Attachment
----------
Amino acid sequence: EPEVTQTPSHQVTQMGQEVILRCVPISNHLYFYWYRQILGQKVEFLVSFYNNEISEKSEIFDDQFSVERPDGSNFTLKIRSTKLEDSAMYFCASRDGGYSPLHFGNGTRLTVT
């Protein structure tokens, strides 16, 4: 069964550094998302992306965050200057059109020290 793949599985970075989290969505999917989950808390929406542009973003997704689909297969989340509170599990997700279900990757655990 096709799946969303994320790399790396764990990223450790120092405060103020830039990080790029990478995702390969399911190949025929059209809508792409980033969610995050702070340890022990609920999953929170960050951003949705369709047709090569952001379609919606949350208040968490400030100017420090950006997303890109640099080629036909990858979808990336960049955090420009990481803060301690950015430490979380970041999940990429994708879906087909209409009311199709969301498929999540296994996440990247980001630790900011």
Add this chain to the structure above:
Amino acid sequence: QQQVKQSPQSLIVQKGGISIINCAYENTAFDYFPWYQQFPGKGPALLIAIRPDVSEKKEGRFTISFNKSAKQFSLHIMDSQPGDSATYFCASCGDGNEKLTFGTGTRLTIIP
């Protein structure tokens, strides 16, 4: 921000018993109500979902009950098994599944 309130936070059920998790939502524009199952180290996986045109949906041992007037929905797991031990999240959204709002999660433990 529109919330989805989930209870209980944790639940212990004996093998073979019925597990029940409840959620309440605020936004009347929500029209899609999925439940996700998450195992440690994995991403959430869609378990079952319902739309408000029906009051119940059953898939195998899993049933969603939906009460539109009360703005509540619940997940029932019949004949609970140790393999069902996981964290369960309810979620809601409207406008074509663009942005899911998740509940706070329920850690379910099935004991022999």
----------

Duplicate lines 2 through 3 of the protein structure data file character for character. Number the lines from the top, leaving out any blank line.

């Protein structure tokens, strides 16, 4: 069964550094998302992306965050200057059109020290 793949599985970075989290969505999917989950808390929406542009973003997704689909297969989340509170599990997700279900990757655990 096709799946969303994320790399790396764990990223450790120092405060103020830039990080790029990478995702390969399911190949025929059209809508792409980033969610995050702070340890022990609920999953929170960050951003949705369709047709090569952001379609919606949350208040968490400030100017420090950006997303890109640099080629036909990858979808990336960049955090420009990481803060301690950015430490979380970041999940990429994708879906087909209409009311199709969301498929999540296994996440990247980001630790900011």
Add this chain to the structure above: